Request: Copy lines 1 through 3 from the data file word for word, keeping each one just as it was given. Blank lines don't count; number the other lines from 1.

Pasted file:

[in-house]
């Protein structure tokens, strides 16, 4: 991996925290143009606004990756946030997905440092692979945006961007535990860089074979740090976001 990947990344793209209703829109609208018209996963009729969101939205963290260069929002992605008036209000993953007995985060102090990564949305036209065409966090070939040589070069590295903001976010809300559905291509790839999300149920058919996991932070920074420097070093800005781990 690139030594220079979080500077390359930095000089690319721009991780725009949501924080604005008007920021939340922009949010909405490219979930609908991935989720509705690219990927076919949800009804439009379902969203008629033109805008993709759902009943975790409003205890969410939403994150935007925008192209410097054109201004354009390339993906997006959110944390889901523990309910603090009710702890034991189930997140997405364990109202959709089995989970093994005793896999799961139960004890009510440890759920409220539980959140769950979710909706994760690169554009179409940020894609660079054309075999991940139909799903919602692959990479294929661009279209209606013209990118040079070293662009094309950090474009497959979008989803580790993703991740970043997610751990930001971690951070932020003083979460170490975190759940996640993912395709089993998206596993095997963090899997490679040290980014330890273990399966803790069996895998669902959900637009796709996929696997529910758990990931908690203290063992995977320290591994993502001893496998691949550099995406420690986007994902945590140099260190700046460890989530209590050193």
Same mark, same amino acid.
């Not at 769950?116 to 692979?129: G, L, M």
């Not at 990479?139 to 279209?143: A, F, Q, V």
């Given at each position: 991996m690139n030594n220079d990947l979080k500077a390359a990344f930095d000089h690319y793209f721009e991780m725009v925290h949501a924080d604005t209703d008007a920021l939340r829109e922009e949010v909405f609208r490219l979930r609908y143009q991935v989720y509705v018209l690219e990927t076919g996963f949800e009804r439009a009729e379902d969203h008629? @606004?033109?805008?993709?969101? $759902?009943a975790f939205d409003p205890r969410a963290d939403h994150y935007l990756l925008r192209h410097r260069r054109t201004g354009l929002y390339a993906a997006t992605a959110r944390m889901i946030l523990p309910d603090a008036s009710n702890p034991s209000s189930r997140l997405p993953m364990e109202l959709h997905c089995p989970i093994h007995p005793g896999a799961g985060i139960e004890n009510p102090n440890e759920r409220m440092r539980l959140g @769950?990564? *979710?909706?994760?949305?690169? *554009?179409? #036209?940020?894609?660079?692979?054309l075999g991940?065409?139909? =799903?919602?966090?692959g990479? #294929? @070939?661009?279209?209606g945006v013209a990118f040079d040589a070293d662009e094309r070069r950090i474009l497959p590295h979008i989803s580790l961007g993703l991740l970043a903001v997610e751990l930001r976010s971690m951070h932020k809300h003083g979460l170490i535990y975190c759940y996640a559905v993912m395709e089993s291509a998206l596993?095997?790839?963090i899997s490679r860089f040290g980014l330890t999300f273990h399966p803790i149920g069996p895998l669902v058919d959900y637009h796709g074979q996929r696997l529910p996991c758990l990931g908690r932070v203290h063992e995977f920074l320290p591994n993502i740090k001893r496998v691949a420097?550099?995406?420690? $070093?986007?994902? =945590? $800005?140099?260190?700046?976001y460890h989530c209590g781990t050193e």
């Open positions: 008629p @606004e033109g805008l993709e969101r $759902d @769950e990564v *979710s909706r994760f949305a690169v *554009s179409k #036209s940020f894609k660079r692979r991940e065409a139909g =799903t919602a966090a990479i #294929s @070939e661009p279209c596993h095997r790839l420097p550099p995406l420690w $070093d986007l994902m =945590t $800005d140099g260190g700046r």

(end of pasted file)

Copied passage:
[in-house]
């Protein structure tokens, strides 16, 4: 991996925290143009606004990756946030997905440092692979945006961007535990860089074979740090976001 990947990344793209209703829109609208018209996963009729969101939205963290260069929002992605008036209000993953007995985060102090990564949305036209065409966090070939040589070069590295903001976010809300559905291509790839999300149920058919996991932070920074420097070093800005781990 690139030594220079979080500077390359930095000089690319721009991780725009949501924080604005008007920021939340922009949010909405490219979930609908991935989720509705690219990927076919949800009804439009379902969203008629033109805008993709759902009943975790409003205890969410939403994150935007925008192209410097054109201004354009390339993906997006959110944390889901523990309910603090009710702890034991189930997140997405364990109202959709089995989970093994005793896999799961139960004890009510440890759920409220539980959140769950979710909706994760690169554009179409940020894609660079054309075999991940139909799903919602692959990479294929661009279209209606013209990118040079070293662009094309950090474009497959979008989803580790993703991740970043997610751990930001971690951070932020003083979460170490975190759940996640993912395709089993998206596993095997963090899997490679040290980014330890273990399966803790069996895998669902959900637009796709996929696997529910758990990931908690203290063992995977320290591994993502001893496998691949550099995406420690986007994902945590140099260190700046460890989530209590050193």
Same mark, same amino acid.